Global warming is easily linked in our minds to calamities, and it can be easy to grasp how rising seas contribute to catastrophic floods. Storm surges caused by hurricanes, such as those that wiped out parts of New Orleans in 2005 and inundated New York two years ago, serve as soggy tocsins. They act as clear reminders of the need to build and plant better defenses.
"Not only are extreme flooding events reaching higher grounds and covering larger areas due to SLR [sea-level rise], the frequency and duration of these extreme flood events are increasing," the National Oceanic and Atmospheric Administration wrote in a recent report.
But not every sodden manifestation of sea-level rise is disastrous.
Eight of the 10 studied cities that have seen the greatest increases in nuisance flooding rates are on the East Coast, where rising seas are often combined with subsiding land levels.
During recent decades, the rate of nuisance floods in coastal regions has been rising around the United States. It's a damaging trend that could easily be overlooked if not for a trove of data that confirms its slow creep.
"Another consequence of SLR is the increase in lesser extremes such as occasional minor coastal flooding experienced during high tide," the NOAA report notes. Such nuisance floods aren't deadly—but they sever streets, overwhelm sewers and storm-water drains, and deteriorate infrastructure that wasn't designed to withstand salty inundations. "These events are becoming more noticeable and widespread along many U.S. coastal regions and are today becoming more of a nuisance."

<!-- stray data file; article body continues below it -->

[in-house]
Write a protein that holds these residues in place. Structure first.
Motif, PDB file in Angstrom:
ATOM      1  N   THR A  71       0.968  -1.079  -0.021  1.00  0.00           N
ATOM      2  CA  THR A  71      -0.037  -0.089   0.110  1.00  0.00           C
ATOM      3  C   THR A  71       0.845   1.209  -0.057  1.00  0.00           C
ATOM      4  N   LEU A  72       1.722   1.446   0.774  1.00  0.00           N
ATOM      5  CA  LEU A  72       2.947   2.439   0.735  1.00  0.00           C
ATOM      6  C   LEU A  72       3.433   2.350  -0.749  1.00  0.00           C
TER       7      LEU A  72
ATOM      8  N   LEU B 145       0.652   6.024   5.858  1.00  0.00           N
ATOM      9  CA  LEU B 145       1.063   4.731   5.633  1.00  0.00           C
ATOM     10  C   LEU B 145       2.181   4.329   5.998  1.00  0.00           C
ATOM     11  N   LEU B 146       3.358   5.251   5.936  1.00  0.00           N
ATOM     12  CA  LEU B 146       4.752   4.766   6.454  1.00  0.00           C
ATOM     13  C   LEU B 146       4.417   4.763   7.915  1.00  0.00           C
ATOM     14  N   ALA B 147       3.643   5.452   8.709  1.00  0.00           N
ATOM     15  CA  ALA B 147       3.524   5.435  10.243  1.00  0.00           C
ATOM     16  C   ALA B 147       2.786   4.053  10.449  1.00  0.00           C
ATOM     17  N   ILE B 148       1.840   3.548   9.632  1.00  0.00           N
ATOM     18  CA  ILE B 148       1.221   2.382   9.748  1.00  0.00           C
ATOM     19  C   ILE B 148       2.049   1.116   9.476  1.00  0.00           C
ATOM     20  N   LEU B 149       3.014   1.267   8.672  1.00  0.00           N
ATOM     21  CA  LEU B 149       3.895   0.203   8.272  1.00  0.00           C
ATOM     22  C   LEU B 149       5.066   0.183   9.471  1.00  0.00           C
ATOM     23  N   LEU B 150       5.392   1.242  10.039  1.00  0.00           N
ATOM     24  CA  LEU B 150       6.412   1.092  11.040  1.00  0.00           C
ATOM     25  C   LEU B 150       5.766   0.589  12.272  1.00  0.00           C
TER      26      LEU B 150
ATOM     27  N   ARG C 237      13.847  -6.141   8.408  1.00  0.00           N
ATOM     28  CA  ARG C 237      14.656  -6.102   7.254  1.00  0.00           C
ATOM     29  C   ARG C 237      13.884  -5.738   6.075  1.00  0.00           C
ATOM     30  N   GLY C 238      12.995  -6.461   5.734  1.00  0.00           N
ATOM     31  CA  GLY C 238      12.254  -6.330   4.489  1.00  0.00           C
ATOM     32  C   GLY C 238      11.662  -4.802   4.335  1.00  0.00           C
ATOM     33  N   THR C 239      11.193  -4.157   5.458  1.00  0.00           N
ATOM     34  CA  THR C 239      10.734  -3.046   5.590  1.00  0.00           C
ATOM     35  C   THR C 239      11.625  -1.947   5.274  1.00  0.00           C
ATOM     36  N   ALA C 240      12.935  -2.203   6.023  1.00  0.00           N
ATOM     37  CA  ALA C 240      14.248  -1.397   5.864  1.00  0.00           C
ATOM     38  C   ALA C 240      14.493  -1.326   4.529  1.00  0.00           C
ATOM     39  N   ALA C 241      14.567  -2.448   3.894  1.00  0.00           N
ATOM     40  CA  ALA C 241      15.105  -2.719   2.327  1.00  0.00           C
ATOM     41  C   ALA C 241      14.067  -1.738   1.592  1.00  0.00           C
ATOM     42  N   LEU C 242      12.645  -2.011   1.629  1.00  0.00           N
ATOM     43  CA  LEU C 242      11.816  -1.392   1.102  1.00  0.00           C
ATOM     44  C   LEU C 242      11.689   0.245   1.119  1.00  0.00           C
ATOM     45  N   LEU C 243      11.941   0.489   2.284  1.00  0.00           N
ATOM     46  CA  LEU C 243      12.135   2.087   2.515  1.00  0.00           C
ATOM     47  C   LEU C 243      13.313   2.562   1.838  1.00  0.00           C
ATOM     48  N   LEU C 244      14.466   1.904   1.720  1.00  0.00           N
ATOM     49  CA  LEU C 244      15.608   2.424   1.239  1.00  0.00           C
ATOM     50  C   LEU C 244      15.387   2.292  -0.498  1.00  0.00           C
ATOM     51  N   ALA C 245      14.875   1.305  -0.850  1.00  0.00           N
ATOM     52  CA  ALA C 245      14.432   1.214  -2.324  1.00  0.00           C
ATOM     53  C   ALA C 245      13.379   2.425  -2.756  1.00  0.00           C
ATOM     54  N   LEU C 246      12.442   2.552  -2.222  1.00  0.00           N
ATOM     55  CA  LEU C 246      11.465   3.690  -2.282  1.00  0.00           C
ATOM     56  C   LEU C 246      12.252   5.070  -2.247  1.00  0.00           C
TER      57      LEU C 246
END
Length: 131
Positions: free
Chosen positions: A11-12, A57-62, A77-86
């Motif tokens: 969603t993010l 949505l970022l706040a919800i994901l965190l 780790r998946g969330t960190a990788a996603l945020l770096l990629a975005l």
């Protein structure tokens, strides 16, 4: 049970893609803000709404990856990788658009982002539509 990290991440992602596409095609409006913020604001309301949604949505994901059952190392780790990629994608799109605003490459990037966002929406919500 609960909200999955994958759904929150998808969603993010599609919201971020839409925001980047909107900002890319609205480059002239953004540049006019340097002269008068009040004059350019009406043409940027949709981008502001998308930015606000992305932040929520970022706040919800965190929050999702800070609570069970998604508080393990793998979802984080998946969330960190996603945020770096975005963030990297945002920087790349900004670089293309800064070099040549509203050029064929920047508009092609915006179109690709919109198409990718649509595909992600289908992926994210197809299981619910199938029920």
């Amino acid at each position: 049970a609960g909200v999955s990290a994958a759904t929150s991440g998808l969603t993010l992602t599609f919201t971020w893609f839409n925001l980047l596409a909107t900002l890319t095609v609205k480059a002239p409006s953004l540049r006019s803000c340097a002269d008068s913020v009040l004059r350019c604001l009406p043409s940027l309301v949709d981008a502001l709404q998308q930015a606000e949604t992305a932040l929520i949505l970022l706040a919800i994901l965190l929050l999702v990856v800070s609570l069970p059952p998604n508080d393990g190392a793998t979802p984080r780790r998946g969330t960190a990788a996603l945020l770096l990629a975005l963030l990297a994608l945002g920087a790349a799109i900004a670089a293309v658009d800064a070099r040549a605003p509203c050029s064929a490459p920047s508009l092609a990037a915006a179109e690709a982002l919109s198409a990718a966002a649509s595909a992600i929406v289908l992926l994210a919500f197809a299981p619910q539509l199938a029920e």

NOAA analyzed data from an array of 210 water gauges to track changes in the frequencies of nuisance floods. It concluded that the rate had risen on all three coasts since 1960—in some cases spectacularly so.
Nuisance floods tend to strike different coastlines during different seasons. On the West Coast and in the Northeast, they're a winter phenomenon. Further south on the East Coast and along the Gulf Coast, floodwaters tend to rise as autumnal leaves fall.
Eight of the 10 studied cities that have seen the greatest increases in nuisance flooding rates are on the East Coast, where rising seas are often combined with subsiding land levels. The biggest increases were in parts of Maryland, where nuisance floods now strike Annapolis and Baltimore nearly 10 times more often than was the case 50 years ago.
The biggest increases in nuisance flooding along the Gulf Coast were found in Port Isabel, Texas, where rates have increased five times. On the West Coast, San Francisco, California, has seen nuisance flood rates more than triple.
In 1950, nuisance flooding generally returned to prone areas once every one to five years. By 2012, the return periods of nuisance floods had shrunk considerably—typically less than three months (0.25 years), as shown in the following chart:
The agency says it published the report to "heighten awareness of a growing problem"—and to encourage governments to take steps to protect neighborhoods from a veiled quandary that seems to be playing out in slow motion.